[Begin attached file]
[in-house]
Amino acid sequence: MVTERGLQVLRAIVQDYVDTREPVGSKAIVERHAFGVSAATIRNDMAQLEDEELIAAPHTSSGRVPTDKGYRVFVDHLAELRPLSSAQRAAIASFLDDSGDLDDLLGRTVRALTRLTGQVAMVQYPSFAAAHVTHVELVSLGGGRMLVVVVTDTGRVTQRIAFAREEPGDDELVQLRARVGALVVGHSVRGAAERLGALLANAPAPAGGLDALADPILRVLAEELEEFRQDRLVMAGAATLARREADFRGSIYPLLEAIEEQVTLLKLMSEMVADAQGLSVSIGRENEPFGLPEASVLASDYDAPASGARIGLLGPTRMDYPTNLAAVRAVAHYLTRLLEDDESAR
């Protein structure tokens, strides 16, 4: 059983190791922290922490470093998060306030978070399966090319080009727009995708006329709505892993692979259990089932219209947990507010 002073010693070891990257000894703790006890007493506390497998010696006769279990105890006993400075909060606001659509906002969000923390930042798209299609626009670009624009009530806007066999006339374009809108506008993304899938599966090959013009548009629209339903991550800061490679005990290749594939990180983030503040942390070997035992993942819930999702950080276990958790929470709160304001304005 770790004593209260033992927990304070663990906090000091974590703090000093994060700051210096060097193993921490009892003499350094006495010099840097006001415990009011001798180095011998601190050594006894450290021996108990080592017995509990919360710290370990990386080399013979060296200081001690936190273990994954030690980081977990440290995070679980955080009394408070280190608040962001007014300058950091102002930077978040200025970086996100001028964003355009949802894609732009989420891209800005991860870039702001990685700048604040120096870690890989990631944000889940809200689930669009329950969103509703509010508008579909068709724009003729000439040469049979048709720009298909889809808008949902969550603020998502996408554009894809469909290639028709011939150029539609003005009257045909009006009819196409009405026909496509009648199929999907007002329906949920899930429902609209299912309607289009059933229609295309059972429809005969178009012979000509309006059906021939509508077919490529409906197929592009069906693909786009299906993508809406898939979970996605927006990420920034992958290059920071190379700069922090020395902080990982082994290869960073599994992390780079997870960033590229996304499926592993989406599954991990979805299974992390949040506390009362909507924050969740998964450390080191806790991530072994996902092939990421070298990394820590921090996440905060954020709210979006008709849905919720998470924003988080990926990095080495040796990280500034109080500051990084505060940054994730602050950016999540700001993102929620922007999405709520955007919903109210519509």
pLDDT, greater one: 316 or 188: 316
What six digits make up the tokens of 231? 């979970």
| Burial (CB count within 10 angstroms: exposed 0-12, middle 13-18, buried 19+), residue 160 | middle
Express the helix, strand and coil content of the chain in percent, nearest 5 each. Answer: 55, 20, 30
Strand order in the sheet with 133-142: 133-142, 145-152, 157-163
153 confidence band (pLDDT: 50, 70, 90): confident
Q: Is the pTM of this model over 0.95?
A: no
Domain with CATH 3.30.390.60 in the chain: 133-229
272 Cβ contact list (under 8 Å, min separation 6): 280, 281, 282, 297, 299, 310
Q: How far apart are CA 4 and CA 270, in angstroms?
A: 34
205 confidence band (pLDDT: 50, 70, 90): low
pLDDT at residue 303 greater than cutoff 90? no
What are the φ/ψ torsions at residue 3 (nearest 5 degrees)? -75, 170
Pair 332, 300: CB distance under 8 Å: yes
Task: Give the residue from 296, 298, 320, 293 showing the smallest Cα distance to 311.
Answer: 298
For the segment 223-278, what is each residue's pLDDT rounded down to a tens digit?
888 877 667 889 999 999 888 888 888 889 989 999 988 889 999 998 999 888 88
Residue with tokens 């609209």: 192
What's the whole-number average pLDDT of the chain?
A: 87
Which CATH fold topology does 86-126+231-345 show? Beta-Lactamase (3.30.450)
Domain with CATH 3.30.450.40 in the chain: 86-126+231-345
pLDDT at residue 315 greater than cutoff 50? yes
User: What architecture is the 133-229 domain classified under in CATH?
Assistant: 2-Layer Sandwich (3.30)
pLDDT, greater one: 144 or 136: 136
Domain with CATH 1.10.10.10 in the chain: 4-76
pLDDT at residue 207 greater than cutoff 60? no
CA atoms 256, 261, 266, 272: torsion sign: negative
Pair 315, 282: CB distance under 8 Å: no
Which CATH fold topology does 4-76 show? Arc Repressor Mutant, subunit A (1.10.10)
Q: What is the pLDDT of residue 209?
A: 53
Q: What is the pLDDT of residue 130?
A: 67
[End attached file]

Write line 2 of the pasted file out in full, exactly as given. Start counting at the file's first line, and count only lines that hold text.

Amino acid sequence: MVTERGLQVLRAIVQDYVDTREPVGSKAIVERHAFGVSAATIRNDMAQLEDEELIAAPHTSSGRVPTDKGYRVFVDHLAELRPLSSAQRAAIASFLDDSGDLDDLLGRTVRALTRLTGQVAMVQYPSFAAAHVTHVELVSLGGGRMLVVVVTDTGRVTQRIAFAREEPGDDELVQLRARVGALVVGHSVRGAAERLGALLANAPAPAGGLDALADPILRVLAEELEEFRQDRLVMAGAATLARREADFRGSIYPLLEAIEEQVTLLKLMSEMVADAQGLSVSIGRENEPFGLPEASVLASDYDAPASGARIGLLGPTRMDYPTNLAAVRAVAHYLTRLLEDDESAR